07/30/2014 5:14PM

Churchill Downs Inc. posts record quarterly revenue


Churchill Downs Inc. had net income of $57.3 million in the second quarter of 2014 on record quarterly revenue of $303.7 million, according to financial statements released Wednesday.

All of Churchill’s major business segments experienced growth in the quarter, with racing revenue from its four tracks up slightly, by 1 percent; revenue from its casinos up 23 percent; and revenues from the company’s mostly racing-related online business up 9 percent, according to the statements.

Racing revenue during the quarter was $159.4 million, a figure that includes revenue from the company’s Kentucky Derby and Kentucky Oaks, held the first weekend in May. In a statement accompanying the financial documents, Churchill said its earnings before interest, taxes, depreciation, and amortization (EBIDTA) for the Derby and Oaks was up $8.8 million from last year’s events, setting a record.

Revenue from Churchill’s five casino properties, including casinos at Fair Grounds in New Orleans and Calder Race Course in Miami, was $82.0 million, up 23 percent compared to last year’s second quarter. All of the gain, however, was due to the company’s purchase of a casino in Maine last July. Net revenues at all of its other casino properties were down compared to the second quarter of last year, some by as much as 10 percent, among a slowdown in U.S. casino operations in general.

Revenue from twinspires.com, Churchill’s account-wagering company, and its other online businesses, including an offshore wagering company for high rollers and robotic wagering programs, was $57.1 million, up 9 percent compared to revenue for the businesses of $52.5 million in the second quarter of last year, according to the financial statements. Churchill said in the release that handle through its online businesses was up 5.5 percent during the quarter.

Although handle during Churchill’s spring meet, which ended in late July, fell 11.5 percent amid field-size declines and calls for a boycott, revenue at the track during the second quarter was $118.3 million, up 9 percent compared to last year, according to the financial statements. Churchill raised the takeout rates on wagering for its spring meet, spurring some horseplayers to call for the boycott. Churchill also began seeking a higher rate for its simulcast signal this year, which may have raised more money for the track from out-of-state simulcast outlets.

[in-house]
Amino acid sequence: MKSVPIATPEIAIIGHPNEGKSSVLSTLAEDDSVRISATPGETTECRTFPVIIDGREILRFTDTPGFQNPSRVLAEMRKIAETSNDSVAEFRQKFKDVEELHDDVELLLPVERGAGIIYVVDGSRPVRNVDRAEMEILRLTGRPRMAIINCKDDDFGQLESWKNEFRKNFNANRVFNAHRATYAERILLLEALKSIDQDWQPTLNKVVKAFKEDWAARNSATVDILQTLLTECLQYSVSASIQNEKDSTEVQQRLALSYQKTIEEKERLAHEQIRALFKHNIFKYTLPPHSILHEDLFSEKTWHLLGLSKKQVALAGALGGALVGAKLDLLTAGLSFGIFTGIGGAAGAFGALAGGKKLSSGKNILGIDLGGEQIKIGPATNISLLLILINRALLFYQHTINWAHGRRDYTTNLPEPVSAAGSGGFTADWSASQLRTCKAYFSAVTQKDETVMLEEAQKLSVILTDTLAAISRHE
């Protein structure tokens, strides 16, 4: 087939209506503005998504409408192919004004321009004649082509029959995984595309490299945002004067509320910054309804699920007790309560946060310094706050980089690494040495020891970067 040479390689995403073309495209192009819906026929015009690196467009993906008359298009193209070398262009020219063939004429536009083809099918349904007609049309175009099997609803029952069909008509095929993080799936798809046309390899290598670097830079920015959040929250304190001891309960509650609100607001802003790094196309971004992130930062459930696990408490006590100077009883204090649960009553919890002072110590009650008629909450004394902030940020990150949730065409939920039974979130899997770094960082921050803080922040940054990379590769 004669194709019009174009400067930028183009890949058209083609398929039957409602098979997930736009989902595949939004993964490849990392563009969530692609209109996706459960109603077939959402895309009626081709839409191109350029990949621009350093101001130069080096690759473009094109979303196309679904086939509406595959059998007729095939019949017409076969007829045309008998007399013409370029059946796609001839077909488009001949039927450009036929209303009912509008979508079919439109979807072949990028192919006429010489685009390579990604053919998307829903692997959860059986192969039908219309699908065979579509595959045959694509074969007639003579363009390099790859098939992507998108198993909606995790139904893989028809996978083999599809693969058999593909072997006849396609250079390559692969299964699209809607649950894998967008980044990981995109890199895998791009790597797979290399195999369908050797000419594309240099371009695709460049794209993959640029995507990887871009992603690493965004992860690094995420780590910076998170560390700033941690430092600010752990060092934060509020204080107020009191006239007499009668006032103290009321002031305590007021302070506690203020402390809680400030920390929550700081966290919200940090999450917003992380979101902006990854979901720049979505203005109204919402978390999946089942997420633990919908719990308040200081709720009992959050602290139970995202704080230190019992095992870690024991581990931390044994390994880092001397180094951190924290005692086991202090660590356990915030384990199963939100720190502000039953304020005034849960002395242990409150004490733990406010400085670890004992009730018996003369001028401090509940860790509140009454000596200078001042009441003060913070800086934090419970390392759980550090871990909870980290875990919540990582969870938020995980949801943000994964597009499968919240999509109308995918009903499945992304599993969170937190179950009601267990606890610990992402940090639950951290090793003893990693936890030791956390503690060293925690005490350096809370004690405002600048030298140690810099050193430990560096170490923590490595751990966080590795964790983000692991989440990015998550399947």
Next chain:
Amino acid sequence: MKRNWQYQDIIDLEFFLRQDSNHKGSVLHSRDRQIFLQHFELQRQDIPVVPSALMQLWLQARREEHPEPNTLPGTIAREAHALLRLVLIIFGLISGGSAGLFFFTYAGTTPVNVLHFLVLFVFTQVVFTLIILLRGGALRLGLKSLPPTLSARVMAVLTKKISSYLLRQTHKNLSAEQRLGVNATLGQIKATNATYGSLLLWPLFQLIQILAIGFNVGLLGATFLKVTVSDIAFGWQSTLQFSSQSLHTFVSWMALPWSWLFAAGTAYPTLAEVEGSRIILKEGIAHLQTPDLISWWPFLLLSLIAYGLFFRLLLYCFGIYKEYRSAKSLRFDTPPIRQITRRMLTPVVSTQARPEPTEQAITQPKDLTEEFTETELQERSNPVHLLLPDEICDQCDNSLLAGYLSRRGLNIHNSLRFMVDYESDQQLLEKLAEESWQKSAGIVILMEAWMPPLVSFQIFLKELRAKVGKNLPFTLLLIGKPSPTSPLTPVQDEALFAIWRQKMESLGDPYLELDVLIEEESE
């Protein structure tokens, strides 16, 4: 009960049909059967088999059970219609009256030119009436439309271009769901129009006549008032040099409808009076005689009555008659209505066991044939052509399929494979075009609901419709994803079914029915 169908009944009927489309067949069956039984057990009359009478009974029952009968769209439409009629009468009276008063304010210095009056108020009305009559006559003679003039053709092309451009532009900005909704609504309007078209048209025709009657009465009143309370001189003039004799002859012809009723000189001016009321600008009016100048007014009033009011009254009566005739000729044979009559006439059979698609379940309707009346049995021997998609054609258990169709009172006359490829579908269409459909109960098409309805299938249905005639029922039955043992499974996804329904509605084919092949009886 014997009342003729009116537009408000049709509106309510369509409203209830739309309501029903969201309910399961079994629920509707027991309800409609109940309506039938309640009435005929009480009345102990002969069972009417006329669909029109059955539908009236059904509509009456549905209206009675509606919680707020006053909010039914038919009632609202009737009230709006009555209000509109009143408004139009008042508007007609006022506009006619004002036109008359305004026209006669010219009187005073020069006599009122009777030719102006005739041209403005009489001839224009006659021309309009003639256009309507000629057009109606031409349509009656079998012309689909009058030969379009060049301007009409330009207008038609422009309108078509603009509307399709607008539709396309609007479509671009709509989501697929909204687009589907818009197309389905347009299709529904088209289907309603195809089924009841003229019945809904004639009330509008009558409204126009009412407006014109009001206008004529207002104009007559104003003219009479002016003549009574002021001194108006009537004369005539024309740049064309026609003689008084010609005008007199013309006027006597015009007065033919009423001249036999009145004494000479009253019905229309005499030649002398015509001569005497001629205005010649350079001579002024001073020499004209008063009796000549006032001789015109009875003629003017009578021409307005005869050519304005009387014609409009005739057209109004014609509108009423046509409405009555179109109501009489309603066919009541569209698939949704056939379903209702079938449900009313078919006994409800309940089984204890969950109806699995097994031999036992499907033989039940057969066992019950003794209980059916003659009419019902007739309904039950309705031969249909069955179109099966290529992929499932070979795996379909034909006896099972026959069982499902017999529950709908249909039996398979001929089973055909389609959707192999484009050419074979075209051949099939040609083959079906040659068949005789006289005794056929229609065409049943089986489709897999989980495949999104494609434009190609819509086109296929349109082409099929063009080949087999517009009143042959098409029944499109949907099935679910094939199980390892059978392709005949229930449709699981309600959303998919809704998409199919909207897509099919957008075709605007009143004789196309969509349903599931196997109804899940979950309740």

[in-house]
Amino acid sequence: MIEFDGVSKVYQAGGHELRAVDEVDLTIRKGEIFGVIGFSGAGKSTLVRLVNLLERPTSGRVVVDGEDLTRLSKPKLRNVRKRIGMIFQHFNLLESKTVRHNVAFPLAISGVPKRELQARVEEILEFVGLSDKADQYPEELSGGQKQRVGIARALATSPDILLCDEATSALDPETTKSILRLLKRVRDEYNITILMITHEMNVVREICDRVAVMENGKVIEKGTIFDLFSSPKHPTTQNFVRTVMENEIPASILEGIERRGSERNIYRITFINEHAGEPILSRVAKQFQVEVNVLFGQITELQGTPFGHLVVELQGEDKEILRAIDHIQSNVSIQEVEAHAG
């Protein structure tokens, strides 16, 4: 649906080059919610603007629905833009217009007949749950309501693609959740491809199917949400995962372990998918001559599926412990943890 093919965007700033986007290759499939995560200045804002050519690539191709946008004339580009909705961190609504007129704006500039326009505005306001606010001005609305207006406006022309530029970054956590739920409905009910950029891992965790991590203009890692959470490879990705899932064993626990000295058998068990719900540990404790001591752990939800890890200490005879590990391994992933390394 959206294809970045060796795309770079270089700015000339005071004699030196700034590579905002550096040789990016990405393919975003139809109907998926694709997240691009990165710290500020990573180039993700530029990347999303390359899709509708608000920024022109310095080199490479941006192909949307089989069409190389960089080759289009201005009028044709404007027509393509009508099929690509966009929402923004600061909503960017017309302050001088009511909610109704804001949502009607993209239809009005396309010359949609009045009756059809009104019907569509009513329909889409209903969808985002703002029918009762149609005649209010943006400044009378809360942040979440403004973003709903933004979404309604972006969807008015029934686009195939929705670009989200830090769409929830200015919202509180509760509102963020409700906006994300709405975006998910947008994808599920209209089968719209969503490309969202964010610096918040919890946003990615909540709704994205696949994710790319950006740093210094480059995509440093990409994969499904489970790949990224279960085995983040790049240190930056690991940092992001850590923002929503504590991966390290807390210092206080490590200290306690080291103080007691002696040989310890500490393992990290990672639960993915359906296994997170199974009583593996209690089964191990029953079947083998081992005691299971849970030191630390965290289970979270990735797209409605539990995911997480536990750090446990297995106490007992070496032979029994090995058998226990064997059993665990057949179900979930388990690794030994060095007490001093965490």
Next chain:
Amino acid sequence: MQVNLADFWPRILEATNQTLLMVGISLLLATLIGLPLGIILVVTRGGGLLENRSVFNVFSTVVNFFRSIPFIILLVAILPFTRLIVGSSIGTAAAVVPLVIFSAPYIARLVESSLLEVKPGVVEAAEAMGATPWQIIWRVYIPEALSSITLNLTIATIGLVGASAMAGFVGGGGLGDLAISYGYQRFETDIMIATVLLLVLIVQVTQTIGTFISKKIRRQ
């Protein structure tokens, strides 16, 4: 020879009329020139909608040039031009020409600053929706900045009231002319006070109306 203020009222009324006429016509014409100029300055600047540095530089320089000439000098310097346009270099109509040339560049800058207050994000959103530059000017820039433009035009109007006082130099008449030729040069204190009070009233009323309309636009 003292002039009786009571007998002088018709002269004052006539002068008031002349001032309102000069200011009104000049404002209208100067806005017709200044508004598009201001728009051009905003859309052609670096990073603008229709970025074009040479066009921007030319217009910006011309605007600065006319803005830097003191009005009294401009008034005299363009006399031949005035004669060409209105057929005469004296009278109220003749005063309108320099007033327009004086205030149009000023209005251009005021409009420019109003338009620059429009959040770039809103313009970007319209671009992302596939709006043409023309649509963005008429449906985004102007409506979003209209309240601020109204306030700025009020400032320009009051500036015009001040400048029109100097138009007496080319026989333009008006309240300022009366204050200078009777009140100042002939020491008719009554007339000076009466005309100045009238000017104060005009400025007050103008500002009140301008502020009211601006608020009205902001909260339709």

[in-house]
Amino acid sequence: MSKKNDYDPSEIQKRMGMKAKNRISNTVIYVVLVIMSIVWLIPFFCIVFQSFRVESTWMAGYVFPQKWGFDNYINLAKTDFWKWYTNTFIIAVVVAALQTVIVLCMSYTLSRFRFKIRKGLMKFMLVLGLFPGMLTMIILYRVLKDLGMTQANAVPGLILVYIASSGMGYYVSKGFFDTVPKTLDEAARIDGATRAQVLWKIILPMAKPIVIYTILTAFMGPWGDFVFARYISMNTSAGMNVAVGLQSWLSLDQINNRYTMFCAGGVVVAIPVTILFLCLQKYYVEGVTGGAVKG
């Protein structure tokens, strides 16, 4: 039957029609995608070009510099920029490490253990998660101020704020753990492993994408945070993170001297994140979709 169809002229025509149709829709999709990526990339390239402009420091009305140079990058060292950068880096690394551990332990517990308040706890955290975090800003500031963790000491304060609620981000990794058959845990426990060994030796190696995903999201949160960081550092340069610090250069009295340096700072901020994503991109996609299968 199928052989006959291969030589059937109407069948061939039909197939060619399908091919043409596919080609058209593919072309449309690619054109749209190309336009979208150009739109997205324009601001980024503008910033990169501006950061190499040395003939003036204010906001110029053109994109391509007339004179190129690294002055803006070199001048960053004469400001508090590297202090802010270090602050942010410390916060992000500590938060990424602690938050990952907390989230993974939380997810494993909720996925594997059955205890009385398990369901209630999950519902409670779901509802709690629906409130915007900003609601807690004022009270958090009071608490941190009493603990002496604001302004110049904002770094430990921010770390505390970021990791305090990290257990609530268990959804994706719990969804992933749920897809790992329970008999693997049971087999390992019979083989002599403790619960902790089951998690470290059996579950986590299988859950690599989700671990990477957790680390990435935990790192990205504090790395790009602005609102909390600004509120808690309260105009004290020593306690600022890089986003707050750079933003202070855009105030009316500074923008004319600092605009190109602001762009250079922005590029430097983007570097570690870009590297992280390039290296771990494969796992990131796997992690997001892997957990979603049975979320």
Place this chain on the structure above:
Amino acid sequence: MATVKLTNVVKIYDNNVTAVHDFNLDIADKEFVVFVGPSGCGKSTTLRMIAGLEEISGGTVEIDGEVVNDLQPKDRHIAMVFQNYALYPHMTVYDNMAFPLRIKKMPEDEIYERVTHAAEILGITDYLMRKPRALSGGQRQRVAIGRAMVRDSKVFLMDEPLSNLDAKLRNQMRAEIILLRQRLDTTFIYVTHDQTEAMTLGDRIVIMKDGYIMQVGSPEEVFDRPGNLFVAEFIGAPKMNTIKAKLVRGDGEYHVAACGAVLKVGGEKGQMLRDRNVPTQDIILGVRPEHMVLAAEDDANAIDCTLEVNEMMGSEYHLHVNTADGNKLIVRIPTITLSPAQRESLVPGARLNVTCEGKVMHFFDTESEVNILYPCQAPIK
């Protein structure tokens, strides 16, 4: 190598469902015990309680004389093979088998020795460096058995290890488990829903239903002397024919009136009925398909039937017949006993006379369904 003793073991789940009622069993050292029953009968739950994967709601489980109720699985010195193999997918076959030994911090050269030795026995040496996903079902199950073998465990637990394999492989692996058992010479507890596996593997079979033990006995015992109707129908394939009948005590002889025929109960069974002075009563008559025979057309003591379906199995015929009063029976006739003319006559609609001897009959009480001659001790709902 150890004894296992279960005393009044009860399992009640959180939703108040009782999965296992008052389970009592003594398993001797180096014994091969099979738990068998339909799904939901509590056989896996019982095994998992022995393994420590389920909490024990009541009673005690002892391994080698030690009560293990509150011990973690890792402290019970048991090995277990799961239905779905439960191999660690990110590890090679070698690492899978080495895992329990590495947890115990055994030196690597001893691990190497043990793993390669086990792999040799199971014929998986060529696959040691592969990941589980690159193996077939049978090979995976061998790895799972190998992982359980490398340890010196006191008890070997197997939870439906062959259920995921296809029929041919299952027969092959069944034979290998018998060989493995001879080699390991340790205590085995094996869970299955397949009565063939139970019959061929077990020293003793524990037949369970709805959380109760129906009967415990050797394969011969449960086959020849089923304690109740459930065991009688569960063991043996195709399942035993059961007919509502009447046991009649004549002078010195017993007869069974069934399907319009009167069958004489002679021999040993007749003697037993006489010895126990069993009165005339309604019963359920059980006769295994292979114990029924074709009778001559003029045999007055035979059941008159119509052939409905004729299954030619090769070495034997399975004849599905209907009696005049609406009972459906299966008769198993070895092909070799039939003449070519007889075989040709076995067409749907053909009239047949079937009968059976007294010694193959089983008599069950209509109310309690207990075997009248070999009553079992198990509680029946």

Racing revenue at Calder fell 43 percent during the quarter, to $9.7 million, as the track raced head-to-head against Gulfstream Park and lost a monopoly on selling simulcast signals in the state. At the end of the quarter, Churchill reached an agreement with the owner of Gulfstream, the Stronach Group, that gave the Stronach Group the right to lease Calder’s racing operation while Churchill retained ownership and operation of the track’s casino, which had revenue of $19.8 million in the second quarter.

Doug More than 1 year ago
CDI is a joke. They could care less about their customers especially the loyal ones. The ONLY thing they care about is how much money they can take from their customers - that's a fact. It was well documented from the comments of Derby owners and their decision to raise the takeout rates to the maximum amount. Their reasons were that the additional takeout would lead to larger purses, increased field size, and larger handle. How did that work out? I sent 5 emails and left 2 voice messages to get answers and did not hear back once even though I was promised a response within 48 hours each time. They are a complete joke and I hope bettors continue to boycott their product.
Brent Barber More than 1 year ago
Wow, that surprises me.their racing stock has become second rate in all area's.
Dennis Geier More than 1 year ago
bigger bonuses for upper management and nothing for the horsemen GREAT